At a fundraiser this week Incumbent Mayor David Bowers told his supporters to tell their friends to, “Vote for someone who can be mayor from day one … the city needs stability and continuity.” Some supporters then seemed surprised when Bowers later told them that if something were to happen to him any one of the city council members would be prepared to step in as mayor.
Bowers avoided mentioning Sam Rasoul by name but the insinuation was clear that “being mayor from day one” lent itself to a criticism of Rasoul’s age and inexperience in local government.
The fundraiser held at Fork in the City, owned by Vice-Mayor Dave Trinkle, was attended by about 70 people Monday evening.
Bowers took issue with Roanoke coming in second as having the most “sensitive” men (in a recent survey by Chemistry.com) – “how about changing that to having the most “sensible” Roanoke City government.” He praised the “sensible” city manager and the “sensible” city council.
Bowers said that he takes the challenge of his opponent seriously. “It is a real serious threat -nothing is in the bag,” he told the crowd of supporters. He cautioned them to not become complacent.
Bowers said he has heard that his opponent has a large bankroll and a high-powered campaign manager determined “to throw me out of office.” Many of his supporters raised their hand when asked if they had received Rasoul’s robocalls.
“[Rasoul] is going around town with a message that I don’t like and I reject – he’s talking about two Roanokes … that’s in the past,” said Bowers. His message is that there is cooperation and unity at every level in the city including the diverse neighborhoods. Bowers said he will keep a positive tone as he campaigns.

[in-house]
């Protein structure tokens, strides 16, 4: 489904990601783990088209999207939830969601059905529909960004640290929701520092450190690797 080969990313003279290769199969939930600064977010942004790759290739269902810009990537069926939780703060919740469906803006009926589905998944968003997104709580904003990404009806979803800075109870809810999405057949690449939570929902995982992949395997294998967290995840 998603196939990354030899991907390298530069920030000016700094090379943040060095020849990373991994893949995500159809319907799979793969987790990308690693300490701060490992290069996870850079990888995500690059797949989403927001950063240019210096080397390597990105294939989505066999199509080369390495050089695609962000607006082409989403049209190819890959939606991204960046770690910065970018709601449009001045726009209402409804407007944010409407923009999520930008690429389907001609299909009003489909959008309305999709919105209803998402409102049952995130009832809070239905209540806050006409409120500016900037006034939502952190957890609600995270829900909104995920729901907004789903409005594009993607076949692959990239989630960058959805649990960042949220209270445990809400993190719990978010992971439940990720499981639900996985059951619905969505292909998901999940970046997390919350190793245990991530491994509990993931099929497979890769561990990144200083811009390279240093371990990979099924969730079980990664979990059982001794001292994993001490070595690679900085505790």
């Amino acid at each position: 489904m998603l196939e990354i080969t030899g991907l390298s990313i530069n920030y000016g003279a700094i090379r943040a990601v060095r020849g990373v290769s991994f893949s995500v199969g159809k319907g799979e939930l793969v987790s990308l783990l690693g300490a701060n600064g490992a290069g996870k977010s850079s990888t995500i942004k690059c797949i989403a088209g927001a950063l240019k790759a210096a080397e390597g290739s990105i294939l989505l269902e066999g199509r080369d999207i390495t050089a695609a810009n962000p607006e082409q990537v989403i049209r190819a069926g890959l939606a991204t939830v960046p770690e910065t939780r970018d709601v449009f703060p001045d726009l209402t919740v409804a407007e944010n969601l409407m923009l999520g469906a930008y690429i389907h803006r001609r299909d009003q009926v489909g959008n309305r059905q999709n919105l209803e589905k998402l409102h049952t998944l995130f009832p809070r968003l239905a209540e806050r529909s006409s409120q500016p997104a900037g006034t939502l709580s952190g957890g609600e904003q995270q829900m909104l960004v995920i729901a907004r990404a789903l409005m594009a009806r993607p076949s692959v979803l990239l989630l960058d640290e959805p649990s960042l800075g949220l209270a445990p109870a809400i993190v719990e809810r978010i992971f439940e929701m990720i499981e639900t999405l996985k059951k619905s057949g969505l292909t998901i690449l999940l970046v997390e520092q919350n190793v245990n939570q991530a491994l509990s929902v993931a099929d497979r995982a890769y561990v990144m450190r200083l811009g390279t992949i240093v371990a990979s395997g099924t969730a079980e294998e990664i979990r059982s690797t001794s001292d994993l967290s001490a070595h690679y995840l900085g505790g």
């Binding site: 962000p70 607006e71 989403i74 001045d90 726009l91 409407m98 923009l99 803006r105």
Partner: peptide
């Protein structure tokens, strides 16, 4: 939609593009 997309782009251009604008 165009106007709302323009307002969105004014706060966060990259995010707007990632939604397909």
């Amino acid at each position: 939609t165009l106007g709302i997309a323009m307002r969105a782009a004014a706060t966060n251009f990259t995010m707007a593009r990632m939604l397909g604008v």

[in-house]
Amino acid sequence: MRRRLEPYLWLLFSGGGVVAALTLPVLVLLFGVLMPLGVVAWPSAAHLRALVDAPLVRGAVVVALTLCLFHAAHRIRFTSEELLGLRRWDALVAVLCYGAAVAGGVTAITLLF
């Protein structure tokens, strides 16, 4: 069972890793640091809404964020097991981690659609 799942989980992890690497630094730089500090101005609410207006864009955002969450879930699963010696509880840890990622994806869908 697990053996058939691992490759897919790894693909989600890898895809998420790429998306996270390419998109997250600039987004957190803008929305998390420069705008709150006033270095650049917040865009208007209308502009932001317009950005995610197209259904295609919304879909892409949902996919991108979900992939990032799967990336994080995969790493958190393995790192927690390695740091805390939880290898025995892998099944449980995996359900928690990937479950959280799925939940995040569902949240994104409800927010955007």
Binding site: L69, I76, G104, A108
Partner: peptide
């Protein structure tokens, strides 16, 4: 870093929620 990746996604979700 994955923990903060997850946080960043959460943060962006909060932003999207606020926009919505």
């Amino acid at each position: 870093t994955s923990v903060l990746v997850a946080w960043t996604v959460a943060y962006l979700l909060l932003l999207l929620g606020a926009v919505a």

He called his opponent “a charming and nice young man.” Bowers then added that he will not rely on consultants but on the current city council’s support. “We know how to win elections.”
Bowers said he’d match his opponent’s paid staff with volunteers. Later he said that he had raised about $35,000 so far this cycle. He scoffed at the robocalls from Tacoma, Washington saying, “I have telephone calling by the ladies of the Women’s Democratic Club of the Roanoke Valley;” many of whom were in attendance and were delighted with the recognition.
The importance of keeping a cordial city council and mayor in office is the message Bowers will repeat throughout his campaign. He gave accolades to School Board Chairman David Carson who was standing in the back of the room. He touted accreditation of the schools, the 16th year of accreditation of the police department and the reduction in crime for the 6th consecutive year.
Bowers said he is a proponent of preservation. He then pointed out that the preservation of the Jefferson Center has spurred development around it including Fork in the City, the Cotton Mill apartments and renovation of homes in the area. “We want economic development that is smart,” he said.
“Jobs have been created at every level in Roanoke,” said Bowers. Rasoul has been campaigning on the need to bring jobs to Roanoke by engaging state officials in Richmond.
The “BIG MAC” was back. The “M” was for the Market building, the “A” was for the Amphitheater (though scaled down) but Bowers promised the “C” of Countryside was on its way. The city purchased the 140-acre Countryside Golf Club for $4.1 million in 2005 for high-end development that never materialized. “They have as much a right to have a nice neighborhood as you do,” he added.
While attending the Mayor’s conference last week with Vice-Mayor Dave Trinkle he said they agreed that tourism and higher education are the best economic development investments for Roanoke. “We need to do more by bringing law schools or art schools,” he added.